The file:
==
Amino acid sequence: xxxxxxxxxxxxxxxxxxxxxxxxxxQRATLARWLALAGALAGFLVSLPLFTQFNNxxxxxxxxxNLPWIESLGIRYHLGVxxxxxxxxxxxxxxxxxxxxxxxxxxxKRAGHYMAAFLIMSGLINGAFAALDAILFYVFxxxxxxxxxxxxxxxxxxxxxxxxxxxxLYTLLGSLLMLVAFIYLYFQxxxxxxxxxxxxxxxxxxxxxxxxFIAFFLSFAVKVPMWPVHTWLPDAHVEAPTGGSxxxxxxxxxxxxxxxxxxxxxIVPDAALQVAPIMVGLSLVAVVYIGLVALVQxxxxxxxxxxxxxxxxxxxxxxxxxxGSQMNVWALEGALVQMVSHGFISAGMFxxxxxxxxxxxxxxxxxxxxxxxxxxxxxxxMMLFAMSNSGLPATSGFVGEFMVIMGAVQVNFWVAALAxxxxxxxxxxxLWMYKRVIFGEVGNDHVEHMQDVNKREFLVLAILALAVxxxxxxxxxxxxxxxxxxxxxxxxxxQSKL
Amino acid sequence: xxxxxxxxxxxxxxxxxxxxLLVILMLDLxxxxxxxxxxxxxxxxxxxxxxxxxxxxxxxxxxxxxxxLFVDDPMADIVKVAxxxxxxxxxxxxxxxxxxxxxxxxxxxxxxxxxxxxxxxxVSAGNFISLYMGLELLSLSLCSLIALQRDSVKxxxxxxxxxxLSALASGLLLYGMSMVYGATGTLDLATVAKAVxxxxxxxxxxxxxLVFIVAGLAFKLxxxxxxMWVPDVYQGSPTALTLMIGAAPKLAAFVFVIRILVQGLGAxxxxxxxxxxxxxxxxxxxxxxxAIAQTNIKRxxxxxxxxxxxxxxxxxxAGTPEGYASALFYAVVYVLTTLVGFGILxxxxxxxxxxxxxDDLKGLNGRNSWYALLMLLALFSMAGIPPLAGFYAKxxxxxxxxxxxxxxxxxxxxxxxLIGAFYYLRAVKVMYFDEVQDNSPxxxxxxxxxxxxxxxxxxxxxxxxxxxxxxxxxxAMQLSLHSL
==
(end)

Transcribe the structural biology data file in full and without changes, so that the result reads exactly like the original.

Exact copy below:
Amino acid sequence: xxxxxxxxxxxxxxxxxxxxxxxxxxQRATLARWLALAGALAGFLVSLPLFTQFNNxxxxxxxxxNLPWIESLGIRYHLGVxxxxxxxxxxxxxxxxxxxxxxxxxxxKRAGHYMAAFLIMSGLINGAFAALDAILFYVFxxxxxxxxxxxxxxxxxxxxxxxxxxxxLYTLLGSLLMLVAFIYLYFQxxxxxxxxxxxxxxxxxxxxxxxxFIAFFLSFAVKVPMWPVHTWLPDAHVEAPTGGSxxxxxxxxxxxxxxxxxxxxxIVPDAALQVAPIMVGLSLVAVVYIGLVALVQxxxxxxxxxxxxxxxxxxxxxxxxxxGSQMNVWALEGALVQMVSHGFISAGMFxxxxxxxxxxxxxxxxxxxxxxxxxxxxxxxMMLFAMSNSGLPATSGFVGEFMVIMGAVQVNFWVAALAxxxxxxxxxxxLWMYKRVIFGEVGNDHVEHMQDVNKREFLVLAILALAVxxxxxxxxxxxxxxxxxxxxxxxxxxQSKL
Amino acid sequence: xxxxxxxxxxxxxxxxxxxxLLVILMLDLxxxxxxxxxxxxxxxxxxxxxxxxxxxxxxxxxxxxxxxLFVDDPMADIVKVAxxxxxxxxxxxxxxxxxxxxxxxxxxxxxxxxxxxxxxxxVSAGNFISLYMGLELLSLSLCSLIALQRDSVKxxxxxxxxxxLSALASGLLLYGMSMVYGATGTLDLATVAKAVxxxxxxxxxxxxxLVFIVAGLAFKLxxxxxxMWVPDVYQGSPTALTLMIGAAPKLAAFVFVIRILVQGLGAxxxxxxxxxxxxxxxxxxxxxxxAIAQTNIKRxxxxxxxxxxxxxxxxxxAGTPEGYASALFYAVVYVLTTLVGFGILxxxxxxxxxxxxxDDLKGLNGRNSWYALLMLLALFSMAGIPPLAGFYAKxxxxxxxxxxxxxxxxxxxxxxxLIGAFYYLRAVKVMYFDEVQDNSPxxxxxxxxxxxxxxxxxxxxxxxxxxxxxxxxxxAMQLSLHSL